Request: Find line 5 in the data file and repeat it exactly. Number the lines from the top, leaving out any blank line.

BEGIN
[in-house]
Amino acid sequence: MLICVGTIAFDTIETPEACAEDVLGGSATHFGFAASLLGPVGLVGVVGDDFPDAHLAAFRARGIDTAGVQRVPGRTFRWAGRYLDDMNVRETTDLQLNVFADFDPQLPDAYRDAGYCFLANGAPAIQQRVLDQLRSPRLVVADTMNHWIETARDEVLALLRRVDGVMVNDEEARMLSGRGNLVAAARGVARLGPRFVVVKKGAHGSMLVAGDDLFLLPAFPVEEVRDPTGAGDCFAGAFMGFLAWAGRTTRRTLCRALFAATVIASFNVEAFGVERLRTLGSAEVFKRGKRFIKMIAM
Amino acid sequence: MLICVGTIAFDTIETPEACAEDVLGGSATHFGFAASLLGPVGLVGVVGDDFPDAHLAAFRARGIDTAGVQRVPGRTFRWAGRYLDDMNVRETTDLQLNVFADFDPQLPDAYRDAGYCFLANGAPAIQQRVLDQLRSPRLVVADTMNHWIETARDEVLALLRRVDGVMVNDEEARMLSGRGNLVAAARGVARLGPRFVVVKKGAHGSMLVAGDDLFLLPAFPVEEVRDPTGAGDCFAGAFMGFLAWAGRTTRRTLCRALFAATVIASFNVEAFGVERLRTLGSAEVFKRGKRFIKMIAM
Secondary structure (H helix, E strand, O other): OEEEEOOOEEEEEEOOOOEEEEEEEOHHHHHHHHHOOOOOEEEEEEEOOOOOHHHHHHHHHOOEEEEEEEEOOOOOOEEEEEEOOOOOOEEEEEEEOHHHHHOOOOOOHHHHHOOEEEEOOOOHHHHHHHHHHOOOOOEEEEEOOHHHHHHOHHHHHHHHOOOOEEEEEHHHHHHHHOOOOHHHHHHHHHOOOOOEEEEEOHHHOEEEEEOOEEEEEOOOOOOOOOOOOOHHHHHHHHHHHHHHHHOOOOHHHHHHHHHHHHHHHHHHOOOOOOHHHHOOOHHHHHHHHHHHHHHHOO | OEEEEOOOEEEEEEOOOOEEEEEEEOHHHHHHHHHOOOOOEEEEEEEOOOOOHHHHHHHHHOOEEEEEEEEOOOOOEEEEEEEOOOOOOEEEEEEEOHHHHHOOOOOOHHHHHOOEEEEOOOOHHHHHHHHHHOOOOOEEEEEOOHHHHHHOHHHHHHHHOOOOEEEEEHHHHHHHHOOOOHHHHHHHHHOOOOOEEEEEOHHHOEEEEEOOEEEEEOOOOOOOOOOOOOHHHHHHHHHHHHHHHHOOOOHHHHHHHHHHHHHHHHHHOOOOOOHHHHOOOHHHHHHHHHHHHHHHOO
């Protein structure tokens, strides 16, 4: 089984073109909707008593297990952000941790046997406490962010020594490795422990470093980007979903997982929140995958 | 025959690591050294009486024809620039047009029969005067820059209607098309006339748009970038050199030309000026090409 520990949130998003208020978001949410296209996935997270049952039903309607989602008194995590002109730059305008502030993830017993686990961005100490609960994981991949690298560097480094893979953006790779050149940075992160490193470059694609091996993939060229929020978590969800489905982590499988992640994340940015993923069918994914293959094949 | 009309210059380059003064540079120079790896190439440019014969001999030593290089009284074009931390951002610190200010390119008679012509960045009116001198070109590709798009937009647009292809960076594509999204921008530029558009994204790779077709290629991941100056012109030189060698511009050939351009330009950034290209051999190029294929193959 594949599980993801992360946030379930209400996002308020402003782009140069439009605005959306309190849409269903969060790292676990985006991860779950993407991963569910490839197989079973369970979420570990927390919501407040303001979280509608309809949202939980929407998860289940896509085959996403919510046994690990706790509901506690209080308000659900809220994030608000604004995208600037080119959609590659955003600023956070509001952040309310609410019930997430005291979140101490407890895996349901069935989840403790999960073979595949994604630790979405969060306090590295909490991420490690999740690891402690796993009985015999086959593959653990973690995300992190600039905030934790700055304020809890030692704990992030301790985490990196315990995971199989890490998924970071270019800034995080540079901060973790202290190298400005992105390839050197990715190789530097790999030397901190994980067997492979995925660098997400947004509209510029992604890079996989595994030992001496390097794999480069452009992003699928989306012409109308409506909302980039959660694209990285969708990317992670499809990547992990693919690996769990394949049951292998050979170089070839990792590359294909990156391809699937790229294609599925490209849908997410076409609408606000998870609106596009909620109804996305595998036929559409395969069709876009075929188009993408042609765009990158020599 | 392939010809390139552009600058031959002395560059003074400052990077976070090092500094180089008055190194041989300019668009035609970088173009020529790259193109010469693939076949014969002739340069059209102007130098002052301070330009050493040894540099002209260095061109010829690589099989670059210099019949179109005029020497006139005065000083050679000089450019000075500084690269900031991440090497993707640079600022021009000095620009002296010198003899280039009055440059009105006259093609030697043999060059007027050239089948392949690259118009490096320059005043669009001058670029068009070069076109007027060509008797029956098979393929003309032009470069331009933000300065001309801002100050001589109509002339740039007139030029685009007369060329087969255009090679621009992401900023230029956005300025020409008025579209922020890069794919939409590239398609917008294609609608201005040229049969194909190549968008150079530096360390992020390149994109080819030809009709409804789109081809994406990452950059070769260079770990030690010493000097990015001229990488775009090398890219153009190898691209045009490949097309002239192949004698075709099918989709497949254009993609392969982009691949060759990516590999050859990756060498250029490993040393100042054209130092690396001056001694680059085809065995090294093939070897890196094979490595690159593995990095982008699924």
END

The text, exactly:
């Protein structure tokens, strides 16, 4: 089984073109909707008593297990952000941790046997406490962010020594490795422990470093980007979903997982929140995958 | 025959690591050294009486024809620039047009029969005067820059209607098309006339748009970038050199030309000026090409 520990949130998003208020978001949410296209996935997270049952039903309607989602008194995590002109730059305008502030993830017993686990961005100490609960994981991949690298560097480094893979953006790779050149940075992160490193470059694609091996993939060229929020978590969800489905982590499988992640994340940015993923069918994914293959094949 | 009309210059380059003064540079120079790896190439440019014969001999030593290089009284074009931390951002610190200010390119008679012509960045009116001198070109590709798009937009647009292809960076594509999204921008530029558009994204790779077709290629991941100056012109030189060698511009050939351009330009950034290209051999190029294929193959 594949599980993801992360946030379930209400996002308020402003782009140069439009605005959306309190849409269903969060790292676990985006991860779950993407991963569910490839197989079973369970979420570990927390919501407040303001979280509608309809949202939980929407998860289940896509085959996403919510046994690990706790509901506690209080308000659900809220994030608000604004995208600037080119959609590659955003600023956070509001952040309310609410019930997430005291979140101490407890895996349901069935989840403790999960073979595949994604630790979405969060306090590295909490991420490690999740690891402690796993009985015999086959593959653990973690995300992190600039905030934790700055304020809890030692704990992030301790985490990196315990995971199989890490998924970071270019800034995080540079901060973790202290190298400005992105390839050197990715190789530097790999030397901190994980067997492979995925660098997400947004509209510029992604890079996989595994030992001496390097794999480069452009992003699928989306012409109308409506909302980039959660694209990285969708990317992670499809990547992990693919690996769990394949049951292998050979170089070839990792590359294909990156391809699937790229294609599925490209849908997410076409609408606000998870609106596009909620109804996305595998036929559409395969069709876009075929188009993408042609765009990158020599 | 392939010809390139552009600058031959002395560059003074400052990077976070090092500094180089008055190194041989300019668009035609970088173009020529790259193109010469693939076949014969002739340069059209102007130098002052301070330009050493040894540099002209260095061109010829690589099989670059210099019949179109005029020497006139005065000083050679000089450019000075500084690269900031991440090497993707640079600022021009000095620009002296010198003899280039009055440059009105006259093609030697043999060059007027050239089948392949690259118009490096320059005043669009001058670029068009070069076109007027060509008797029956098979393929003309032009470069331009933000300065001309801002100050001589109509002339740039007139030029685009007369060329087969255009090679621009992401900023230029956005300025020409008025579209922020890069794919939409590239398609917008294609609608201005040229049969194909190549968008150079530096360390992020390149994109080819030809009709409804789109081809994406990452950059070769260079770990030690010493000097990015001229990488775009090398890219153009190898691209045009490949097309002239192949004698075709099918989709497949254009993609392969982009691949060759990516590999050859990756060498250029490993040393100042054209130092690396001056001694680059085809065995090294093939070897890196094979490595690159593995990095982008699924």